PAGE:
Formula 1 announced on July 24th that it will deliver a Portuguese Grand Prix later this season in the Algarvian race track of Portimão. The race was announced with two others, in Germany and Italy, as a response to the suspensions and cancellations caused by the pandemic earlier this year.
The motorsport world’s top-tier has been trying to schedule most of its races in Europe, to reduce the need for travelling. This minimizes the chances of the whole entourage to get “stuck” between borders, given the travelling restrictions currently applied throughout the world. It will also represent less travelling costs, which is relevant given the world macro-economic contraction. All four races in the American continent, from Canada to Brazil, have been definitely called off.
In Algarve for the first time
The Portuguese Grand Prix was held on several occasions in the past. The most recent and remembered stint happened between 1984 and 1996, in the racing track of Estoril, near Lisbon. In the 2000s, a new and modern facility was built near Portimão with the stated goal of receiving Formula 1 someday. In the meantime, it would participate in the remodelling of Algarve as an international centre for tourism and business.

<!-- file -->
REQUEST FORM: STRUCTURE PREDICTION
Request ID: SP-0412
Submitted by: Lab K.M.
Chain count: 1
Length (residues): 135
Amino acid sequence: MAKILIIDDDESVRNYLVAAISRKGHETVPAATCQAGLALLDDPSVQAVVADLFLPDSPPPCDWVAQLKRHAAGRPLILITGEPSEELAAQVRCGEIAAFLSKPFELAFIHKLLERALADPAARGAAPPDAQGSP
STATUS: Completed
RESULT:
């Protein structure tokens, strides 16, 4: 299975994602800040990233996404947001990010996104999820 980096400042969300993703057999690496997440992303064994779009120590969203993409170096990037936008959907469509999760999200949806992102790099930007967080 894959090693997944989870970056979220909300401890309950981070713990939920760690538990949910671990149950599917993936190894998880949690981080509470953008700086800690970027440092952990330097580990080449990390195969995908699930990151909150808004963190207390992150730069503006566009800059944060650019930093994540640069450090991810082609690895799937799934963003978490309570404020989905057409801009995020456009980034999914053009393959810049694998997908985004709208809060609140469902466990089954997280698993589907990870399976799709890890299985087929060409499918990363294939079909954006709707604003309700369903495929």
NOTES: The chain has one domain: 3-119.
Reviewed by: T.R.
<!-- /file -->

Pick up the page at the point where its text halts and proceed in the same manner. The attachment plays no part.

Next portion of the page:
The Great Recession of 2008 (precisely the year the race track was completed) and the subsequent hardships meant that Formula 1 cars made only a brief test in Portimão that year and never came back. Until now.
Another sign of trust
After the hosting of the Champions League finals, the Portuguese Grand Prix is another clear sign of international confidence in the work of the Portuguese authorities while dealing with the pandemic. For obvious reasons, this ability has been among the criteria used by Liberty Media (the company that owns and runs the business) to re-schedule races in Europe. Of the 10 Formula One teams, 3 have their headquarters in Italy and the remaining seven in Britain, the traditional heart of motorsport.
The Grand Prix will run between October 23rd and 25th.